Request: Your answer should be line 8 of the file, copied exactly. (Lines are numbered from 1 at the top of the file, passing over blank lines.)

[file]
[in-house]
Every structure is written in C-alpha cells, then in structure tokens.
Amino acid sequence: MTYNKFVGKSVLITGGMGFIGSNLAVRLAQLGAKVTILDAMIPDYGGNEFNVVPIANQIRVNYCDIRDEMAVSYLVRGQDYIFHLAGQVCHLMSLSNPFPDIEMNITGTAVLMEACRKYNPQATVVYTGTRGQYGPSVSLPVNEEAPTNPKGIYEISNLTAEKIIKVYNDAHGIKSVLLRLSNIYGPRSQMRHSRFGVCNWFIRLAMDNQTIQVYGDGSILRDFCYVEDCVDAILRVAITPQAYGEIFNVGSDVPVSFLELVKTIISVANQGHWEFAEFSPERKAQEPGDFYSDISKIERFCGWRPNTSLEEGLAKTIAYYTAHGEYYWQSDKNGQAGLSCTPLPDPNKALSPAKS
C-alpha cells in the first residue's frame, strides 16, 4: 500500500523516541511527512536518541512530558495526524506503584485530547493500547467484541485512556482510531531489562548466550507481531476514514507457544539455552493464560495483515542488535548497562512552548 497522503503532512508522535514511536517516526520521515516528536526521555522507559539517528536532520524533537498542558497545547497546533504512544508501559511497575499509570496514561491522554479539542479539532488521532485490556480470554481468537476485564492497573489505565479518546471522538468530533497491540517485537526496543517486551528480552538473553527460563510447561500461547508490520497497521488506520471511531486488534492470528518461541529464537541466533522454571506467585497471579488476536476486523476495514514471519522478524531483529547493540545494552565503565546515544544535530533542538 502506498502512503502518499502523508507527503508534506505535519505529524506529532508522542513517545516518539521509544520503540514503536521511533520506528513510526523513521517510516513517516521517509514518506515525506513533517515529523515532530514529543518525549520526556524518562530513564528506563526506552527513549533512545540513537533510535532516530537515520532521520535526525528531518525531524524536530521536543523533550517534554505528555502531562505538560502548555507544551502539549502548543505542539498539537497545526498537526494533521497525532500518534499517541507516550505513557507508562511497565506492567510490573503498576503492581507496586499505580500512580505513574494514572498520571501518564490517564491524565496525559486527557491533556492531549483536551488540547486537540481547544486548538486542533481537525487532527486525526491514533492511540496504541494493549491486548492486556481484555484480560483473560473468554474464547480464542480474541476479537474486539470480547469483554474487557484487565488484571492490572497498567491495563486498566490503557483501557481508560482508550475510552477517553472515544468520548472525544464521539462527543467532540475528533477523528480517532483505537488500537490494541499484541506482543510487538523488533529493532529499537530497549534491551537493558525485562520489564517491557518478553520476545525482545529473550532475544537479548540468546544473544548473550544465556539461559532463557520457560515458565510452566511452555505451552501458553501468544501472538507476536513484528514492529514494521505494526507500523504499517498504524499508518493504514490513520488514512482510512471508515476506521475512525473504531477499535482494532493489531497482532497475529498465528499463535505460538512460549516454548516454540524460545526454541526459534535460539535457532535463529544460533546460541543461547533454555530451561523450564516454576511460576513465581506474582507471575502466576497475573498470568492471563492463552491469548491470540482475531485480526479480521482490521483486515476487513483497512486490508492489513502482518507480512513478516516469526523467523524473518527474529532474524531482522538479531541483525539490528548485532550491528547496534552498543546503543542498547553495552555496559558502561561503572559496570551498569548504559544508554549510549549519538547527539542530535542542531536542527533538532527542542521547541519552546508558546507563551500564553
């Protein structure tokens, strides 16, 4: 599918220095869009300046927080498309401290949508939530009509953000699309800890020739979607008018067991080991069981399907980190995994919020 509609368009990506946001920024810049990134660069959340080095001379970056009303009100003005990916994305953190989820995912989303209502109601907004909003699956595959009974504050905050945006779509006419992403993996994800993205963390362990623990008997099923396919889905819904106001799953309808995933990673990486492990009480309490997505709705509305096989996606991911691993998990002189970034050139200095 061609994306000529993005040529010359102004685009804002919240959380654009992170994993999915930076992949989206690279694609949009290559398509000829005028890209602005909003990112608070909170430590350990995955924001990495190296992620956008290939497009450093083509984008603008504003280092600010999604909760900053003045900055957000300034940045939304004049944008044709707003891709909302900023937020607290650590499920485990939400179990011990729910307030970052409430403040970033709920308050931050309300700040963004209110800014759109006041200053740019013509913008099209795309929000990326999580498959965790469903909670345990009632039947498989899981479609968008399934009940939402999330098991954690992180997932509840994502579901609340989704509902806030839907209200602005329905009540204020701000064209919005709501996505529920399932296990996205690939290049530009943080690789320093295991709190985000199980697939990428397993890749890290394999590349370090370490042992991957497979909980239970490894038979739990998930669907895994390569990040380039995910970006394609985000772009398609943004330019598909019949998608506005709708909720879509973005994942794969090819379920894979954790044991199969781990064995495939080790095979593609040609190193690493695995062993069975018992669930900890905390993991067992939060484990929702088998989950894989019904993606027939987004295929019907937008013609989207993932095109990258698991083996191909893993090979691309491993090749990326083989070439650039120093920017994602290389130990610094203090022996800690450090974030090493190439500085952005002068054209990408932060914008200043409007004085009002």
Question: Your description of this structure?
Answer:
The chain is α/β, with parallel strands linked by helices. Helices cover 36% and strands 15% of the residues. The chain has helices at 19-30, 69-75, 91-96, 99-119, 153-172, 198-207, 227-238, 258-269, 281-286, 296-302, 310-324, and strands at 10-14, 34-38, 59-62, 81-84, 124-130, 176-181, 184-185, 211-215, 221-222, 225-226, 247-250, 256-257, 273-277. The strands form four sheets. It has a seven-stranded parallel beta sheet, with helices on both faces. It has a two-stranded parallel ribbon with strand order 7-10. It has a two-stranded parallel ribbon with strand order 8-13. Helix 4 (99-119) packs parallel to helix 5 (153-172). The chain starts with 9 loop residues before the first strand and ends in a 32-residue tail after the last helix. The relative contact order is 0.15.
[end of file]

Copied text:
The chain is α/β, with parallel strands linked by helices. Helices cover 36% and strands 15% of the residues. The chain has helices at 19-30, 69-75, 91-96, 99-119, 153-172, 198-207, 227-238, 258-269, 281-286, 296-302, 310-324, and strands at 10-14, 34-38, 59-62, 81-84, 124-130, 176-181, 184-185, 211-215, 221-222, 225-226, 247-250, 256-257, 273-277. The strands form four sheets. It has a seven-stranded parallel beta sheet, with helices on both faces. It has a two-stranded parallel ribbon with strand order 7-10. It has a two-stranded parallel ribbon with strand order 8-13. Helix 4 (99-119) packs parallel to helix 5 (153-172). The chain starts with 9 loop residues before the first strand and ends in a 32-residue tail after the last helix. The relative contact order is 0.15.